The book is really about friendship, loneliness and the hard times that some migrant workers had to face during the Great Depression and the truth. Curley's wife is so lonely since she has to other people to talk to as she is the only woman in the ranch - and only recently married Curley and she doesn't like him at all. Lennie, for example is a pretty lonely person because he doesn't talk to anyone at the ranch by  George's orders. Candy, of course is lonely as he has no living relatives left and the fact that his long-time pet dog was shot by Carlson, and Candy was offered to have a new puppy. Crooks, obviously is very lonely, because he has a different skin-colour than the other ranchers, and no-one would come into his ranch for a visit, and nobody talks to him.

There is some great friendship in the book, and George and Lennie seem to have a good friendship as they have both been travelling for a long time, and George always stands up for Lennie anywhere he goes, and whenever Lennie has done something wrong, George always defends him and tries to help him everywhere he goes. George and Lennie have a good friendship with Candy who wants to live in the farmland with them, and  they want him to come. Lennie has a fine friendship with Crooks, and Crooks doesn't really feel lonely when he finally had someone to talk to.

Lennie's strength is also an important part of the story, because his strength becomes part of the plot in two different parts. When Curley starts a fight with Lennie, Curley was actually a professional boxer in the past, and at first Curley punches and pounds Lennie a few times, and as he was encouraged by George to fight back at him by orders, and Lennie holds onto Curley's hands and then it suddenly gets worse - his veins start coming out of his hands - until a few people try to get Lennie's hands off Curley's hand - and it leaves it busted and injured. Lennie also uses the strength again when Curley's wife allows Lennie to feel her soft hair, and when he strokes her hair too hard, and when Lennie stops her from screaming, and not meaningfully twists her neck and lies in the haystack. Lennie was in deep trouble, and some of the ranchers went hunting down trying to kill him. George had to do what was the right thing - kill Lennie without noticing. "A man had to do what he had to do."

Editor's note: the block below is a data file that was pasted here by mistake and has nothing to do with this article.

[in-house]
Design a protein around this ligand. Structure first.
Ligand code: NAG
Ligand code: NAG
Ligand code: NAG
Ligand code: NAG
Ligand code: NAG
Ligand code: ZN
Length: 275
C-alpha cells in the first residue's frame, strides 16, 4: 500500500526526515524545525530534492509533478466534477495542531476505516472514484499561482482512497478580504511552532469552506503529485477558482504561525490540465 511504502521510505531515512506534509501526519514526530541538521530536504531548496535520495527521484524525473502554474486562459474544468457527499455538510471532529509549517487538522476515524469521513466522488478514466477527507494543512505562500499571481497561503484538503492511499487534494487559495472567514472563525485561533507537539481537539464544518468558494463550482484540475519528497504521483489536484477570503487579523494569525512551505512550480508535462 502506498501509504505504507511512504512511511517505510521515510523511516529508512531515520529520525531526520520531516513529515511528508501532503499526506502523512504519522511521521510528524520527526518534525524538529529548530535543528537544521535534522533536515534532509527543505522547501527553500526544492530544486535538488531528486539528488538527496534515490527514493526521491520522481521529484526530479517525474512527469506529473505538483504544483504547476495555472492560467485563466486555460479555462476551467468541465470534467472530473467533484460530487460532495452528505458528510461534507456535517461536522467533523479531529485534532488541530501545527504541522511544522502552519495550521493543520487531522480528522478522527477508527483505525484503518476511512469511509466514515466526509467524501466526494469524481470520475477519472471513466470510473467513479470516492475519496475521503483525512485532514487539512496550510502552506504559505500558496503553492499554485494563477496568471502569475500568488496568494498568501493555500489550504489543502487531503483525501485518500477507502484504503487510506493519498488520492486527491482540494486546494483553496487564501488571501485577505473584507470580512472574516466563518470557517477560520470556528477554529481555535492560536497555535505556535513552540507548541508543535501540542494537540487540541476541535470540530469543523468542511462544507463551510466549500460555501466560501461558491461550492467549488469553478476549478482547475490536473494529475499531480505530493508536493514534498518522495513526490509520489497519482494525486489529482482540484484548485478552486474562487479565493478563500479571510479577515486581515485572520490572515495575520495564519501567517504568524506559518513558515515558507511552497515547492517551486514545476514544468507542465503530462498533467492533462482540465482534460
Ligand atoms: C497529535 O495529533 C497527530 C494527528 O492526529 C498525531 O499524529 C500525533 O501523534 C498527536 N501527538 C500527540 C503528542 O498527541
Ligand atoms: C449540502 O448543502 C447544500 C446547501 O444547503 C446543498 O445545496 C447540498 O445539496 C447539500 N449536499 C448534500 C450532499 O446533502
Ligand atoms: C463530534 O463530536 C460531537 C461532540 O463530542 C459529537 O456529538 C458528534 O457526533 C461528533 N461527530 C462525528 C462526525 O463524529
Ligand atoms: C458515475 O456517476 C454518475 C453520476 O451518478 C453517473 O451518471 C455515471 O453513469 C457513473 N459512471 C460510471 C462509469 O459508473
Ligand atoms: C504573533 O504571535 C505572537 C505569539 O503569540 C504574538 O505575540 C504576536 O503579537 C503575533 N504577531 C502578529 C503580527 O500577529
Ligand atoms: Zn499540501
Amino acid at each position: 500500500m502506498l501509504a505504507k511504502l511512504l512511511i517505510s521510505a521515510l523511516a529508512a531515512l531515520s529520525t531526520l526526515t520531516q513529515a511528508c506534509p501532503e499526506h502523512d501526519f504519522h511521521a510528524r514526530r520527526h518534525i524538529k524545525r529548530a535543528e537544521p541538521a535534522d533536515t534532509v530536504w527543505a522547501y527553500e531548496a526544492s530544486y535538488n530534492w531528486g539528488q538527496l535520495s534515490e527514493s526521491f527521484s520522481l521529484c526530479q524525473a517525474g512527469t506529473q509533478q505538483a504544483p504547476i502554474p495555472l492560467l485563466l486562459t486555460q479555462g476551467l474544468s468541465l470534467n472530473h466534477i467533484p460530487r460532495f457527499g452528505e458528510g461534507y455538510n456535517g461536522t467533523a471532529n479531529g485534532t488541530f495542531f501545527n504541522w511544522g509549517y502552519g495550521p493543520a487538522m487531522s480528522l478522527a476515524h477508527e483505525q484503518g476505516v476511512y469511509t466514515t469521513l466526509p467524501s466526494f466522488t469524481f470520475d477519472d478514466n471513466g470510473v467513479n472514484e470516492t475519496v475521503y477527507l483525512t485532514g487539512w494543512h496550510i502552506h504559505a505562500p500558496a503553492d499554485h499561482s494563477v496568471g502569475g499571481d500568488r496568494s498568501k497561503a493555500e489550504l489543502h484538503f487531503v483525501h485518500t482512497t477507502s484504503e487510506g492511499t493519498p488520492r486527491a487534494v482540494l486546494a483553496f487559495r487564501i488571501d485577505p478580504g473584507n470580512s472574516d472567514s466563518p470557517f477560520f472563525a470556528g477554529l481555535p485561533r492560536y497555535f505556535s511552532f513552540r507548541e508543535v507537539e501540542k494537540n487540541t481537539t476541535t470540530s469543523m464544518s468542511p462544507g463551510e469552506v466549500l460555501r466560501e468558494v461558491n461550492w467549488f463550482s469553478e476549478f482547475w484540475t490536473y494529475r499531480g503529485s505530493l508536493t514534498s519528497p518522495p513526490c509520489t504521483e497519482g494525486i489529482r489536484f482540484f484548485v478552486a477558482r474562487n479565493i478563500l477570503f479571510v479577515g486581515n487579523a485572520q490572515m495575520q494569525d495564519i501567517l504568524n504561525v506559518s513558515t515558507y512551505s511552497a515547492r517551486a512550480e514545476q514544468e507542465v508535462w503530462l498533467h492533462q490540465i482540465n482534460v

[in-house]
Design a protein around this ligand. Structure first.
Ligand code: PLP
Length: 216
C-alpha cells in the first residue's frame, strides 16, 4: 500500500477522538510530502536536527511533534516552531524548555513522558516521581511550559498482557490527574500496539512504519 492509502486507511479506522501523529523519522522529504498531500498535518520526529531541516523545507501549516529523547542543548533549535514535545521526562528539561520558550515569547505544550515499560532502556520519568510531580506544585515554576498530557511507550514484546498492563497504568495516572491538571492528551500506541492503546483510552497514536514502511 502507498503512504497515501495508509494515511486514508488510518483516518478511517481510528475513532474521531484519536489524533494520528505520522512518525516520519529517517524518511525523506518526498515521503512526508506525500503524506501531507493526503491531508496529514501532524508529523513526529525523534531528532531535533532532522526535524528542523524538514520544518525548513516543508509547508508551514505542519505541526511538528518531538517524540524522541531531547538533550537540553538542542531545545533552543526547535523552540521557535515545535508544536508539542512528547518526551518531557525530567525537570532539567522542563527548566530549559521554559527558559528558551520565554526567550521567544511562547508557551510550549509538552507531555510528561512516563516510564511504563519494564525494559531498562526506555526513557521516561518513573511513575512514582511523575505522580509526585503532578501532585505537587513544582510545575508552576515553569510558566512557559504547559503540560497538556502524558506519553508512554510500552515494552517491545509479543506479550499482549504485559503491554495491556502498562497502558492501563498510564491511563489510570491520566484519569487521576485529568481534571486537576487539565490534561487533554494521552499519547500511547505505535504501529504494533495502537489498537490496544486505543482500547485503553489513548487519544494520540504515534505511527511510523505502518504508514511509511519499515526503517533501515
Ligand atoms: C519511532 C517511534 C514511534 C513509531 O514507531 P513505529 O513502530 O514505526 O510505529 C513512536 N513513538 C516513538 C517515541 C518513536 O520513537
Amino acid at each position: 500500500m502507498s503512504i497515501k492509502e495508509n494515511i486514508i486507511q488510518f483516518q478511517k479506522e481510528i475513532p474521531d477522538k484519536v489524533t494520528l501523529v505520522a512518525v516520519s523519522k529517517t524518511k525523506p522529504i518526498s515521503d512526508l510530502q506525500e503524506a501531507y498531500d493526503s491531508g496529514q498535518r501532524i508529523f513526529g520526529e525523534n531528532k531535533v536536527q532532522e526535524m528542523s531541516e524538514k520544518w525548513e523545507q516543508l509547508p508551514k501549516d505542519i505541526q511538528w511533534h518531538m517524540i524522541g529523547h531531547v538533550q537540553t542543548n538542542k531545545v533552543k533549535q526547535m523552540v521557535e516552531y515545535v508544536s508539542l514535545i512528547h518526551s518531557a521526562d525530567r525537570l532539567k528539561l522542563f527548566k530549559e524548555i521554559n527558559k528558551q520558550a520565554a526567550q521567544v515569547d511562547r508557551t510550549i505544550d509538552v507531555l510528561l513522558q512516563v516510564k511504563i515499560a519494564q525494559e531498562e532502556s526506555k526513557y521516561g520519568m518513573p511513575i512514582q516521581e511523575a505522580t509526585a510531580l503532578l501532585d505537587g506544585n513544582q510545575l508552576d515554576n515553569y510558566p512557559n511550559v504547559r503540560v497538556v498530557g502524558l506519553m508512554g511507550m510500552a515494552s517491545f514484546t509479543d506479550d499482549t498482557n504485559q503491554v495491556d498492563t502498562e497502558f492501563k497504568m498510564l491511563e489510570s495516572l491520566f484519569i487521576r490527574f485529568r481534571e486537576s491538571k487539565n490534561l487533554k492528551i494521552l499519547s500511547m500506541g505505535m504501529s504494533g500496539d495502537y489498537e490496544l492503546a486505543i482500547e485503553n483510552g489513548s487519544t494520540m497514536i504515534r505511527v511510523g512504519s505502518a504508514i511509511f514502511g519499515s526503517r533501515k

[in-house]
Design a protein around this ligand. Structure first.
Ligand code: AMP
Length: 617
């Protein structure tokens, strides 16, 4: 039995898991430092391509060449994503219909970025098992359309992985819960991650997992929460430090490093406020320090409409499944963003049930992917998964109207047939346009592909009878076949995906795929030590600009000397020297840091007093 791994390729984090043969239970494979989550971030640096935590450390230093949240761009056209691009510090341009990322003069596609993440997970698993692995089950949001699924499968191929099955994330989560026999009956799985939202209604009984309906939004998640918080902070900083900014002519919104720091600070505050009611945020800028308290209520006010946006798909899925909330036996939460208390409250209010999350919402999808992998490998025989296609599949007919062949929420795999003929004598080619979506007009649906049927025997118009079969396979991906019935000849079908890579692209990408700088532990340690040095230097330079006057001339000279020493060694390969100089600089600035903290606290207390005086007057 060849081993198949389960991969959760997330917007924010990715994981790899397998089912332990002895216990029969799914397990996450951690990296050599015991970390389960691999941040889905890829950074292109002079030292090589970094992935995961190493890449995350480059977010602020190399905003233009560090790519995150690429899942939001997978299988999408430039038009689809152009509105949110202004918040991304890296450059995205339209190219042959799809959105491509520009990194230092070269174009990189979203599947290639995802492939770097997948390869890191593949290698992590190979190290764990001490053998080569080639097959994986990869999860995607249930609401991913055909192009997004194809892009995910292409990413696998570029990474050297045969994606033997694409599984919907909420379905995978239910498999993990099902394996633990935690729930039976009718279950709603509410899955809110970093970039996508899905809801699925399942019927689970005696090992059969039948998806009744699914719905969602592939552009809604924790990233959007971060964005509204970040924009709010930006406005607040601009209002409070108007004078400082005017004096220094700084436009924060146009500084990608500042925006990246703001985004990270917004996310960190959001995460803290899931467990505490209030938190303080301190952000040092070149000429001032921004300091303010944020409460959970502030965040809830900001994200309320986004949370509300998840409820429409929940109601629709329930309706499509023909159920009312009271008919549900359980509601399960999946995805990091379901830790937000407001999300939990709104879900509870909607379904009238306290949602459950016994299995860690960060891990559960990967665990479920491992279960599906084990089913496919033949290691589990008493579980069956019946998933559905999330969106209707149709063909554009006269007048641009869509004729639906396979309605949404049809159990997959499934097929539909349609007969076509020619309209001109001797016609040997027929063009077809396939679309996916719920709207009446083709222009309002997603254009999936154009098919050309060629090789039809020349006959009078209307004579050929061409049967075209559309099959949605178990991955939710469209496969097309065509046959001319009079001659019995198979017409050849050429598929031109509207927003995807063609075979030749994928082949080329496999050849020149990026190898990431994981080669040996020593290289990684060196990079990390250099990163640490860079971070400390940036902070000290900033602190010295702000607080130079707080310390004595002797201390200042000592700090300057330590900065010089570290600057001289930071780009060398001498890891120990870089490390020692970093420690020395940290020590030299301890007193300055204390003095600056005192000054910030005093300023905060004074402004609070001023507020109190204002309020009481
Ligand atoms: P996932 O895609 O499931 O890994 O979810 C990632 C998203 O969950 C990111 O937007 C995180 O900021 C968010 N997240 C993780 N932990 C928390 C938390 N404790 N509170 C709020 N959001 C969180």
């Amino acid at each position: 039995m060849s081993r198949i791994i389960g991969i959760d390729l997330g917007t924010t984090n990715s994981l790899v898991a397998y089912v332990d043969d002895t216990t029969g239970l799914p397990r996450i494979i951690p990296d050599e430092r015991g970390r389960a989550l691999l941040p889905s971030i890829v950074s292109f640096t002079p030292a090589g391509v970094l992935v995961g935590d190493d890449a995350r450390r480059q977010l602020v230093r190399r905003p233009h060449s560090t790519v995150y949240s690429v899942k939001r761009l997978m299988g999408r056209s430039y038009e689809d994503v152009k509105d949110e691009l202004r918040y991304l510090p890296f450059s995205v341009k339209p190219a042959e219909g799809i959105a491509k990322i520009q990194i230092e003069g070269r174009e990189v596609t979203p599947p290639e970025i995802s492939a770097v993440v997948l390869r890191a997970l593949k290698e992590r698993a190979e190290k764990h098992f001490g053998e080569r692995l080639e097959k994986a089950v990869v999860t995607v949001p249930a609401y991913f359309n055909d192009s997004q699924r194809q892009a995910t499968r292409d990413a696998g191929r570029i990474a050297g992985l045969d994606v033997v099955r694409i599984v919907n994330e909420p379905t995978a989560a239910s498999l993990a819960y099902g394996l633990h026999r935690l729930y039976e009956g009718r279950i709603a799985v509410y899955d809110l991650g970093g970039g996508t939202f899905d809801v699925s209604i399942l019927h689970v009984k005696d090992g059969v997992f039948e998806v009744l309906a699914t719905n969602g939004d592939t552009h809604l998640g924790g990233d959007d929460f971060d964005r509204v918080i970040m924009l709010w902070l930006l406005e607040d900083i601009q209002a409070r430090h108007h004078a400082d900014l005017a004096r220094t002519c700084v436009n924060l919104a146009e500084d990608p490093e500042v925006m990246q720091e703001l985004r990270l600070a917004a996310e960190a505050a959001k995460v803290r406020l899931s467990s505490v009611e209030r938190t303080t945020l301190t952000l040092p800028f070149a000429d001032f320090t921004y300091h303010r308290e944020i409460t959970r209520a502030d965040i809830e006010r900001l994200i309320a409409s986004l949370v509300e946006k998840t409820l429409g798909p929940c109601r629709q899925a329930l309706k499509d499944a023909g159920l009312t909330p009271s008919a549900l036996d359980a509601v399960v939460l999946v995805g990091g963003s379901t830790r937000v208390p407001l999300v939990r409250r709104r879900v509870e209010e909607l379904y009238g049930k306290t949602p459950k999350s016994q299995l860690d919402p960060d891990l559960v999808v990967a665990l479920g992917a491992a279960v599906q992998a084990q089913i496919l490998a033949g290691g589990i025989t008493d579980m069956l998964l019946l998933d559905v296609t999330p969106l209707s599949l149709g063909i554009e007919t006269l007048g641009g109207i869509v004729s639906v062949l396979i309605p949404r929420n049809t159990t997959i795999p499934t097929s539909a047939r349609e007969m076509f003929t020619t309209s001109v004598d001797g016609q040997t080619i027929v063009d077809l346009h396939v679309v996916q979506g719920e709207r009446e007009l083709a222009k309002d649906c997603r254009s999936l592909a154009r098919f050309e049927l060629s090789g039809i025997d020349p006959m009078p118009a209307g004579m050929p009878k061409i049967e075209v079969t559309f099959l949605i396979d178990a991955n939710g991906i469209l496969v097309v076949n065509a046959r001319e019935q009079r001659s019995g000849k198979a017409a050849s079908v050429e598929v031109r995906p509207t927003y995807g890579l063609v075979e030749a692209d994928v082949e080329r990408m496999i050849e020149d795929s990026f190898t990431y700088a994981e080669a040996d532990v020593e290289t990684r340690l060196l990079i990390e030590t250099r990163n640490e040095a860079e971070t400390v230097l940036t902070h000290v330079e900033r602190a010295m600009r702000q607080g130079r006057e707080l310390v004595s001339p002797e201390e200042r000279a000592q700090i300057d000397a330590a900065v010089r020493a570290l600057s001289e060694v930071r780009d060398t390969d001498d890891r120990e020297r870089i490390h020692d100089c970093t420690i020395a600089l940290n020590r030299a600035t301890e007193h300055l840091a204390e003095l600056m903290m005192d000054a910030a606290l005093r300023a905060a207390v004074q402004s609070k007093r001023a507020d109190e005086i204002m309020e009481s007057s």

It is a very moving story - that caught me very interested and there are some very exciting climaxes there, like when Lennie kills Curley's wife and she is struggling is really nail-biting - and friendship between Lennie/Candy and Crooks is interesting - and also the fight between Curley and Lennie is pretty gruesome. Now it's time for the ratings.

Understanding ability - 8.5 out of 10
Character personality - 10 out of 10
Vocabulary and texture - 9 out of 10
Synopsis (plot) - 9.5 out of 10

So, I should say that I will average this rating of the book at roughly 9 out of 10. And to those of you who haven't read the book - I strongly recommend you read it - it is really worth it, and it is really inspiring and it has influenced me a bit in terms of character personality. 


Eric Noble said...

Of Mice and Men is one of my favorite books of all time, ever since I first read it when I was about 13 years old. I will have to go back and reread it, as well as read the rest of John Steinbeck's oeuvre. I think filmmakers, or writers of any sort, could learn from Steinbeck in terms of characterization. Great review Steven. Two thumbs up to you.

Steven Hartley said...

I agree I think filmmakers these days could be inspired by Steinbeck's characterizations too.

"Two thumbs up" - gee, you reminded me of Siskel&Ebert ;-).

Thanks for the compliments, Eric. I do think that I written a good review myself, I think I could take a career as a journalist/critic.

Eric Noble said...

I think it would be a good career for you. What do you want to do for a career?

Steven Hartley said...

I'm not really - although I would like to be a journalist for newspapers or magazines. I would also like to an animator as well (but traditional animation), none of this heavy CGI stuff. Although, I practice a bit of animation tests with tracing paper - even though I've not been trained.

Anonymous said...

thank you for the pic!!!!!!
really helped

Molly Bansemer said...

When I read Of Mice and Men i instantly got hooked, i found myself reading it over and over! It was absolutly amazing. My favorite part was when Lennie killed the women and the puppy (sad) then George is forced to decide wether or not to make a very hard decision, which was to kill Lennie. And as he did i cried. It was scary to watch the movie because there was some grousome scenes but still OUTSTANDING to read and watch in film. If i had a chance to rate this book out of ten, it would excede the limit.